Being the Right Kind of Person


by Julie Ziglar Norman


rom the age of 13 to 30, I tried to keep it a secret that I was Zig

know the difference, but because there is an upside! I am telling you about the upside in case you recognize that you, too, have been slow on the uptake in learning how to be your best you. If you’ve failed at your previous attempts to be a better you, choose to try again, and remember what Zig said: “Failure is an event, not a person.” Living life when you are happy being yourself is liberating! Your mind will be freed-up to focus on the task at hand, be that real estate investing or pursuing another passion. If you know why you do what you do; if you are comfortable “Being” who you are; if you are confident that what you “Do” makes a difference in this world, then you “Have” even more than money can buy – you have become “The Right Kind of Person!” •

that? According to whose standards? What does that mean? I am sure he explained it many times, but I was so far from being able or willing to try to be the right kind of person I couldn’t get beyond the question of whose standards were being used to measure right and wrong. It never occurred to me that certain life principles simply made life less complicated and easier to live. I was making an uncomplicated thing difficult because I was afraid I might be asked to change, do something hard, or give up something I enjoyed. I used to congratulate myself on hav- ing an open mind. I have since learned that my mind was open by a single, very narrow crack into which I wedged a thousand feeble excuses for not trying to be more than I already was, or the best I could be. I talk and write about being the right kind of person today not just because I have enough personal experience in being the “wrong kind” of person to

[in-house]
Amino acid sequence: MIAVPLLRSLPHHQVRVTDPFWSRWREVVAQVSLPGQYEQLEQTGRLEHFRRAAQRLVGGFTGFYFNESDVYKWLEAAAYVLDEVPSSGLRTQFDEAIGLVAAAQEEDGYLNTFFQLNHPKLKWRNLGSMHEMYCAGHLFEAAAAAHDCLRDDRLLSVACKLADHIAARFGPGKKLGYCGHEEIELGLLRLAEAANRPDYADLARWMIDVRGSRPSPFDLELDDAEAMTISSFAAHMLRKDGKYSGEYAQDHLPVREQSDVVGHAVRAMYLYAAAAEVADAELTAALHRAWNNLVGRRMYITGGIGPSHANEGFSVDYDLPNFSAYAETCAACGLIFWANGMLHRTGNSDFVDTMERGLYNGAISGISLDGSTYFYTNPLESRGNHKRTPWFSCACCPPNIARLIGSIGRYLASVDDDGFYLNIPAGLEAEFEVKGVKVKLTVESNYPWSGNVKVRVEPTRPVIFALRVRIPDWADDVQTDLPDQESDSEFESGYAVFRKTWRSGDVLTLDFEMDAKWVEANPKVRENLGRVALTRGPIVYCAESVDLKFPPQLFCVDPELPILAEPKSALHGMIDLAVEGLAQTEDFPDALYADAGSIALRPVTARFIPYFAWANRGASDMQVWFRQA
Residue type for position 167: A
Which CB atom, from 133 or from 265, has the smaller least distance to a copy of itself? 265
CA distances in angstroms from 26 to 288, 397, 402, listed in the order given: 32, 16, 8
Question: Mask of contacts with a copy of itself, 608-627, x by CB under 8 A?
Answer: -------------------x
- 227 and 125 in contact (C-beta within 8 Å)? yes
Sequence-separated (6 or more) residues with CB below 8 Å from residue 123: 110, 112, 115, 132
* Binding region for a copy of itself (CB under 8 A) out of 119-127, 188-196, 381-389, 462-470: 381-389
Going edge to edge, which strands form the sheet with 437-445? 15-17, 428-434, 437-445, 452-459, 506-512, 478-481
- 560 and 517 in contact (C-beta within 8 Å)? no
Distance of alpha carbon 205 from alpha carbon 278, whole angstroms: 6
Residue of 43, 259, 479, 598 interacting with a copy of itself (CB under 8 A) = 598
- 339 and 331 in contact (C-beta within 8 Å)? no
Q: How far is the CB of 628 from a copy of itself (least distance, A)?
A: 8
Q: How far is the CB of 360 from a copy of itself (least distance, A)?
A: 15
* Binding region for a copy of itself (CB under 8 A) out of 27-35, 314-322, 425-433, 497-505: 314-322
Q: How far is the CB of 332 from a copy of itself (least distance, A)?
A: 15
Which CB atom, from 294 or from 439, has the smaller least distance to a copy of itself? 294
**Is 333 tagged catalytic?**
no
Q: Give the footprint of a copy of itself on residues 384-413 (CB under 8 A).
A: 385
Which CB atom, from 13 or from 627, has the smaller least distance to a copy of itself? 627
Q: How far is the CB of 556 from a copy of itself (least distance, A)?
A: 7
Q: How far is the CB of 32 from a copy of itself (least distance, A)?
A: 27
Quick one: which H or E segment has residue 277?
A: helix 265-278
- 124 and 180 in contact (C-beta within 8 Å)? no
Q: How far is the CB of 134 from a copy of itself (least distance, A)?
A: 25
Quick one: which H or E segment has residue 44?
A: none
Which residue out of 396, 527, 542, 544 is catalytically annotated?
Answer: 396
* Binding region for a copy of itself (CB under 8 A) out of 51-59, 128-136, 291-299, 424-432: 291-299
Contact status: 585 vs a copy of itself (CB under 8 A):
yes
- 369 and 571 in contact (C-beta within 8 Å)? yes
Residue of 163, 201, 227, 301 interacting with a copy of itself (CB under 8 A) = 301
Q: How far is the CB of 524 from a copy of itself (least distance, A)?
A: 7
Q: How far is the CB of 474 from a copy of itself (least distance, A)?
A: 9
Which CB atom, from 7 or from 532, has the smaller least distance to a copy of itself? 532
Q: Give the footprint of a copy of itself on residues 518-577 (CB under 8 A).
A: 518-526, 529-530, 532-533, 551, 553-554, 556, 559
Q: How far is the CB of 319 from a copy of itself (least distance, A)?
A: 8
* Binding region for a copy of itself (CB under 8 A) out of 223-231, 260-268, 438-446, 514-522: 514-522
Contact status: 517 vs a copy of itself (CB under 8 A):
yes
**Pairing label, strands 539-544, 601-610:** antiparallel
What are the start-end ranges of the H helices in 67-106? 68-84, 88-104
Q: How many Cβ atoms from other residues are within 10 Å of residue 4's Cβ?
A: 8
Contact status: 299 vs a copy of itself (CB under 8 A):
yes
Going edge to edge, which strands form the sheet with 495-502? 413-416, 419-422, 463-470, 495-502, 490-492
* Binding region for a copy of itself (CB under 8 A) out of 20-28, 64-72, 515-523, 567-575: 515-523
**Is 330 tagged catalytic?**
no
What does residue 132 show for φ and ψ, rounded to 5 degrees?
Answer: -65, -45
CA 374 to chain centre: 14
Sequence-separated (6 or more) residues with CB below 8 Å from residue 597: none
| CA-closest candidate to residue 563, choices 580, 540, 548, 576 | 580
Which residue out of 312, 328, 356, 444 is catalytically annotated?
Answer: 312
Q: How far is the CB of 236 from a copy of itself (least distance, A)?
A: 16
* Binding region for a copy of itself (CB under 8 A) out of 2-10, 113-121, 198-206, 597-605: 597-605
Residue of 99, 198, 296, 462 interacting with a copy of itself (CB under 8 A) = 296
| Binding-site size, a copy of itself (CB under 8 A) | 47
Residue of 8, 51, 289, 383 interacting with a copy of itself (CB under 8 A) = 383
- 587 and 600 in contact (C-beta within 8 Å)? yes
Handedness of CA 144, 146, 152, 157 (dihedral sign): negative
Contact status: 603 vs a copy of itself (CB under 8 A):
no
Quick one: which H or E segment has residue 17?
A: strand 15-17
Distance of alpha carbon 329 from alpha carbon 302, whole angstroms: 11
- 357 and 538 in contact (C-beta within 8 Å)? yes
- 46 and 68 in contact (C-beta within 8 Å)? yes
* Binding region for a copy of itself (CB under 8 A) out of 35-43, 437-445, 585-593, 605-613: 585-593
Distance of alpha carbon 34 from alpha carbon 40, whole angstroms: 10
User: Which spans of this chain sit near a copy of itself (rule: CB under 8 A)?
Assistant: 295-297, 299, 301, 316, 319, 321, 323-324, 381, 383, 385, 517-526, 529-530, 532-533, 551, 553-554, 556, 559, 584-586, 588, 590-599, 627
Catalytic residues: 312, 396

Ziglar’s daughter. I was tremendously proud of my father, and I was horribly ashamed of the choices I was making in my life that would embarrass him if he, or anyone who knew him, found out about them. I was making bad choices because I did not understand one of the most foun- dational principles my father taught: You have to be before you can do , and you have to do before you can have. So what does that mean? I’ll tell you how I learned it, straight from my father: Dad taught that you must be the right kind of person before and above any- thing else. These days, I absolutely love talking about being the right kind of per- son. It thrills me because I finally under- stand what my father’s saying means. I had to live through my 20s, 30s and into my early 40s before I began to catch on. Call me a slow learner, but every time I heard Dad say, “You have to be the right kind of person,” I thought, And what is

Julie Ziglar Norman is a realtor with Prime Properties Realty. She believes in “Investing Simplified,” and may be reached at 817-233-8444 or

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